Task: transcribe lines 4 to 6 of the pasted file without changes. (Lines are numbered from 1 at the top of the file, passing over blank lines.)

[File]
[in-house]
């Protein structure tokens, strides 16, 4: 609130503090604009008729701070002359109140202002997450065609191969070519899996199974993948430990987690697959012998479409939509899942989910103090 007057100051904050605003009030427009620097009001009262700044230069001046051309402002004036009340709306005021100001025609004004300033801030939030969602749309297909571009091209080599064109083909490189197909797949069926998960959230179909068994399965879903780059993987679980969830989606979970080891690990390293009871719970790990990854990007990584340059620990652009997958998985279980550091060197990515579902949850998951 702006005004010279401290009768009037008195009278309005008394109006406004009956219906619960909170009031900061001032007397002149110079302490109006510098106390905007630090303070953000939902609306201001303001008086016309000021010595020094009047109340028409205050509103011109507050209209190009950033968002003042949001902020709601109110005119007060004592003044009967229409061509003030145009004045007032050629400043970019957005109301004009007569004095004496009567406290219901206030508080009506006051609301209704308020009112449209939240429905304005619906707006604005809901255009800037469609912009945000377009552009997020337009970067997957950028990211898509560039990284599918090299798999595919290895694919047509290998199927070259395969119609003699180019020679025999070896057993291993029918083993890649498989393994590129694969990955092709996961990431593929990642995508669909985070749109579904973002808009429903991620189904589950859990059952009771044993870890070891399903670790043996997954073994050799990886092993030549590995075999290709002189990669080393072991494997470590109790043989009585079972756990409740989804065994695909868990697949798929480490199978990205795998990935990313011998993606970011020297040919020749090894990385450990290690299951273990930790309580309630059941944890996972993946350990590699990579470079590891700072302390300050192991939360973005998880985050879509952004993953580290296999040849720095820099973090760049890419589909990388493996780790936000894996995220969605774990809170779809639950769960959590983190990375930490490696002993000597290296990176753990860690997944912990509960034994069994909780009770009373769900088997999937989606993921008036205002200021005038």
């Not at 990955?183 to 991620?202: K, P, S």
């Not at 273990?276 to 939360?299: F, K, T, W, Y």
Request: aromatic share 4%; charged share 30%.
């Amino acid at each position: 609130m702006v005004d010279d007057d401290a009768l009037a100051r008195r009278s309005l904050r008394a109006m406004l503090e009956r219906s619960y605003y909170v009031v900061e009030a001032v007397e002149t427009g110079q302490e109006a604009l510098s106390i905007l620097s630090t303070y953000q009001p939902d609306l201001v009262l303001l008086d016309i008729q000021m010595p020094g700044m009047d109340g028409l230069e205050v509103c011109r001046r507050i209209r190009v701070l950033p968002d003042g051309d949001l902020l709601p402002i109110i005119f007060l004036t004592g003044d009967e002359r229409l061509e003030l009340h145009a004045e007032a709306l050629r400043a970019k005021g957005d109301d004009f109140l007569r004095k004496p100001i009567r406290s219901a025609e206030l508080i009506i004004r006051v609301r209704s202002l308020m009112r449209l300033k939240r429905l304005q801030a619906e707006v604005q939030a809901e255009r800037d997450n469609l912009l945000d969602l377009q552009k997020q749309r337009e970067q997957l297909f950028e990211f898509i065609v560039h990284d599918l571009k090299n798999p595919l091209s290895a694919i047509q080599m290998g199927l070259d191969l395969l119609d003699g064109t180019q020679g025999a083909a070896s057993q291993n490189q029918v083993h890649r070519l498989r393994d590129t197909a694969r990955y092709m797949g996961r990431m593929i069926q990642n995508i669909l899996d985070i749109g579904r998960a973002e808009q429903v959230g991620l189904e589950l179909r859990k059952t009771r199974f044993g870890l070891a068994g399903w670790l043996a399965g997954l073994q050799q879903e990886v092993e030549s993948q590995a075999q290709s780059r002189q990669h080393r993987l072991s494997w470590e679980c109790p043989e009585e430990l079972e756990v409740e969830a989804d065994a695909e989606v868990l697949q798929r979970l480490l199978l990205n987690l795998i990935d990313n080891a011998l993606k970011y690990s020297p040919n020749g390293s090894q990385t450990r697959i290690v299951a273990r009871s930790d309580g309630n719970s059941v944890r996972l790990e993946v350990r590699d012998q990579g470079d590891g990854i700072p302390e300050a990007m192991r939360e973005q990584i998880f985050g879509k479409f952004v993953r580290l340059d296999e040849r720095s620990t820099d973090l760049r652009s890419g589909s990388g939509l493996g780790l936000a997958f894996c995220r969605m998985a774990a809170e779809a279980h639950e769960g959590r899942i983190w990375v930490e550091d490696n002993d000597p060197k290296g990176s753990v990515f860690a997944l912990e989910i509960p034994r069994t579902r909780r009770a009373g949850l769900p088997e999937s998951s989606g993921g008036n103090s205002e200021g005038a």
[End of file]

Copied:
């Not at 273990?276 to 939360?299: F, K, T, W, Y």
Request: aromatic share 4%; charged share 30%.
């Amino acid at each position: 609130m702006v005004d010279d007057d401290a009768l009037a100051r008195r009278s309005l904050r008394a109006m406004l503090e009956r219906s619960y605003y909170v009031v900061e009030a001032v007397e002149t427009g110079q302490e109006a604009l510098s106390i905007l620097s630090t303070y953000q009001p939902d609306l201001v009262l303001l008086d016309i008729q000021m010595p020094g700044m009047d109340g028409l230069e205050v509103c011109r001046r507050i209209r190009v701070l950033p968002d003042g051309d949001l902020l709601p402002i109110i005119f007060l004036t004592g003044d009967e002359r229409l061509e003030l009340h145009a004045e007032a709306l050629r400043a970019k005021g957005d109301d004009f109140l007569r004095k004496p100001i009567r406290s219901a025609e206030l508080i009506i004004r006051v609301r209704s202002l308020m009112r449209l300033k939240r429905l304005q801030a619906e707006v604005q939030a809901e255009r800037d997450n469609l912009l945000d969602l377009q552009k997020q749309r337009e970067q997957l297909f950028e990211f898509i065609v560039h990284d599918l571009k090299n798999p595919l091209s290895a694919i047509q080599m290998g199927l070259d191969l395969l119609d003699g064109t180019q020679g025999a083909a070896s057993q291993n490189q029918v083993h890649r070519l498989r393994d590129t197909a694969r990955y092709m797949g996961r990431m593929i069926q990642n995508i669909l899996d985070i749109g579904r998960a973002e808009q429903v959230g991620l189904e589950l179909r859990k059952t009771r199974f044993g870890l070891a068994g399903w670790l043996a399965g997954l073994q050799q879903e990886v092993e030549s993948q590995a075999q290709s780059r002189q990669h080393r993987l072991s494997w470590e679980c109790p043989e009585e430990l079972e756990v409740e969830a989804d065994a695909e989606v868990l697949q798929r979970l480490l199978l990205n987690l795998i990935d990313n080891a011998l993606k970011y690990s020297p040919n020749g390293s090894q990385t450990r697959i290690v299951a273990r009871s930790d309580g309630n719970s059941v944890r996972l790990e993946v350990r590699d012998q990579g470079d590891g990854i700072p302390e300050a990007m192991r939360e973005q990584i998880f985050g879509k479409f952004v993953r580290l340059d296999e040849r720095s620990t820099d973090l760049r652009s890419g589909s990388g939509l493996g780790l936000a997958f894996c995220r969605m998985a774990a809170e779809a279980h639950e769960g959590r899942i983190w990375v930490e550091d490696n002993d000597p060197k290296g990176s753990v990515f860690a997944l912990e989910i509960p034994r069994t579902r909780r009770a009373g949850l769900p088997e999937s998951s989606g993921g008036n103090s205002e200021g005038a």